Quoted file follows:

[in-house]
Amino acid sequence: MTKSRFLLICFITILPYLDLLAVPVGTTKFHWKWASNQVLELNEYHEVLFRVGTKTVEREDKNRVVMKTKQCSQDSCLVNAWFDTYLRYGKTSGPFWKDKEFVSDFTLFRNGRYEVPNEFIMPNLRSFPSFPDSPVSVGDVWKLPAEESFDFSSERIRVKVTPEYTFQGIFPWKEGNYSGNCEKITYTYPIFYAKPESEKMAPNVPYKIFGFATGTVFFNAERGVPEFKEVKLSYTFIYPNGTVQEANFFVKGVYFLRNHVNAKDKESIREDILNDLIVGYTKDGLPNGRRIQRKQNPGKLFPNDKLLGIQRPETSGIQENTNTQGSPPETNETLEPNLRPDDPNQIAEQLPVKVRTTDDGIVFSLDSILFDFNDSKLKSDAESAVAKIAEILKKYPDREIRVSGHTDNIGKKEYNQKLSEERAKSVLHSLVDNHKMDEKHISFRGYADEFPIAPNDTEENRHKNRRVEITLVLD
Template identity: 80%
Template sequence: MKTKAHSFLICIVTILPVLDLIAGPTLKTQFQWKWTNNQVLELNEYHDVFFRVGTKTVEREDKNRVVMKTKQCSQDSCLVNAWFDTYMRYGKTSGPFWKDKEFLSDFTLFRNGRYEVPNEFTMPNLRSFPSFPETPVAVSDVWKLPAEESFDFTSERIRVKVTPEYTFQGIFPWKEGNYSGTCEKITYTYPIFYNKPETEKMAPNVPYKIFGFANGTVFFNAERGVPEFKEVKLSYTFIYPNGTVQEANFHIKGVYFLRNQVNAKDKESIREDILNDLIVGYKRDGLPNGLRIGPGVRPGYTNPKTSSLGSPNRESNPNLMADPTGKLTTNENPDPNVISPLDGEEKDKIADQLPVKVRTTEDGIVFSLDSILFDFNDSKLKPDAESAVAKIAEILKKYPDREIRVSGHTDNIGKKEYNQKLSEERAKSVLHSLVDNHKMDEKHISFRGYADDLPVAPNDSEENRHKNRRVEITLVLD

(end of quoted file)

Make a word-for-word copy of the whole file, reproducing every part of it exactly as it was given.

[in-house]
Amino acid sequence: MTKSRFLLICFITILPYLDLLAVPVGTTKFHWKWASNQVLELNEYHEVLFRVGTKTVEREDKNRVVMKTKQCSQDSCLVNAWFDTYLRYGKTSGPFWKDKEFVSDFTLFRNGRYEVPNEFIMPNLRSFPSFPDSPVSVGDVWKLPAEESFDFSSERIRVKVTPEYTFQGIFPWKEGNYSGNCEKITYTYPIFYAKPESEKMAPNVPYKIFGFATGTVFFNAERGVPEFKEVKLSYTFIYPNGTVQEANFFVKGVYFLRNHVNAKDKESIREDILNDLIVGYTKDGLPNGRRIQRKQNPGKLFPNDKLLGIQRPETSGIQENTNTQGSPPETNETLEPNLRPDDPNQIAEQLPVKVRTTDDGIVFSLDSILFDFNDSKLKSDAESAVAKIAEILKKYPDREIRVSGHTDNIGKKEYNQKLSEERAKSVLHSLVDNHKMDEKHISFRGYADEFPIAPNDTEENRHKNRRVEITLVLD
Template identity: 80%
Template sequence: MKTKAHSFLICIVTILPVLDLIAGPTLKTQFQWKWTNNQVLELNEYHDVFFRVGTKTVEREDKNRVVMKTKQCSQDSCLVNAWFDTYMRYGKTSGPFWKDKEFLSDFTLFRNGRYEVPNEFTMPNLRSFPSFPETPVAVSDVWKLPAEESFDFTSERIRVKVTPEYTFQGIFPWKEGNYSGTCEKITYTYPIFYNKPETEKMAPNVPYKIFGFANGTVFFNAERGVPEFKEVKLSYTFIYPNGTVQEANFHIKGVYFLRNQVNAKDKESIREDILNDLIVGYKRDGLPNGLRIGPGVRPGYTNPKTSSLGSPNRESNPNLMADPTGKLTTNENPDPNVISPLDGEEKDKIADQLPVKVRTTEDGIVFSLDSILFDFNDSKLKPDAESAVAKIAEILKKYPDREIRVSGHTDNIGKKEYNQKLSEERAKSVLHSLVDNHKMDEKHISFRGYADDLPVAPNDSEENRHKNRRVEITLVLD